- A two year old was referred to us as an emergency with breathing problems, and I had to rush in to St Mary's. Before my arrival the child had gone into cardiac arrest, but fortunately the SHO had provided CPR and intubated him. He was subsequently stabilised and it was decided that he needed a tonsillectomy. Anne Davies was happy to do it, but he had been referred to GOS by the paediatrician so I did the transfer. After this was done he was further investigated and was found to have Pompe's syndrome. He has been regularly addressed and treated, and his parents have remained often in touch with me, as his father (Allan Muir) had become the Chair of the International Pompe Association (IPA) and I have been invited to provide advice / assistance on several other similar patients since. The boy is now in his early 20s and is apparently going well.
- A baby girl was referred on the ward with deteriorating cerebral status and no confirmed diagnosis. My assessment was liver dysfunction, and I asked the parents if she might have taken paracetamol. Their answer was "no", but then the grandparent said "what about a few days ago when you had found her eating a lot of those pills found on the floor?". It was then confirmed that she had taken a lot of paracetamol, and had developed severe liver failure. As the only then option for paediatric liver transplant was in Cambridge I contacted them and it was agreed that she should be transferred there - so I did this by helicopter transfer. Having arrived at the Cambridge paediatric ward fully ventilated late at night I was met by the then registrar (who is now one of our best paediatric consultants), who explained that she would be seen by the consultant the next morning - but the child died before he arrived.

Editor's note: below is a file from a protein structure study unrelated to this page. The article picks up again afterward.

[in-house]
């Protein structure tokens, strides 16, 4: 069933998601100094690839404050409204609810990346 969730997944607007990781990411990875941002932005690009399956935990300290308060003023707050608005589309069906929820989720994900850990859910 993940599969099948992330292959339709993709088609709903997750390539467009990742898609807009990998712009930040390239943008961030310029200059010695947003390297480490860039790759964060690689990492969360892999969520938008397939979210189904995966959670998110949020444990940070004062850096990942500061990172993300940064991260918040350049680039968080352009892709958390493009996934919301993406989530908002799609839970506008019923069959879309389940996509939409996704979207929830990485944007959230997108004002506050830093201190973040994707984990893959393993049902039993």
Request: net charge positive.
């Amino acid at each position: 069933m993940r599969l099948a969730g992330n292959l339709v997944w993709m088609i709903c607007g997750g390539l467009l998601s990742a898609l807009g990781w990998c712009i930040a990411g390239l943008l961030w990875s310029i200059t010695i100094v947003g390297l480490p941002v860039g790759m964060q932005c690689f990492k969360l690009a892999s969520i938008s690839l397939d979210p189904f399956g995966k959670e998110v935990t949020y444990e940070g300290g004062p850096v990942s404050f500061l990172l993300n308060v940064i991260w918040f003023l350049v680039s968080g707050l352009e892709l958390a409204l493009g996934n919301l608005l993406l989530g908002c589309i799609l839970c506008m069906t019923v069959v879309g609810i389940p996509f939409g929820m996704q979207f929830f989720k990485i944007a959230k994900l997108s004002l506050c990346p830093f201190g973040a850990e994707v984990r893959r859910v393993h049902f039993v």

- A 55 year old male with severe pancreatitis went through a pancreatectomy and ended up in St Mary's and QAH units for 6 months. When he eventually completely recovered, and had his tracheostomy removed, for the first time I learned when he talked that he was Scottish!
- In Christmas week 1995 a 5 year old girl was admitted with severe meningitis, and required full ventilation, a PA catheter, inotropes and vasopressors etc. and was in a very severe condition for a full week. She started to recover, but her legs had become ischaemic and she ended up having both lower legs having to be removed. She was very strongly supported by the media and Sir Cliff Richard in her subsequent years. She is now working at QA.
A woman who was the child-minder for Virginia Bottomley, the Secretary of State for Health, was admitted to intensive care in serious illness. The following day I found Mrs Bottomley sitting on a chair in the corridor waiting to visit her. Unfortunately she did not survive, but Mrs Bottomley (now Baroness Bottomley) was obviously very grateful for the care provided.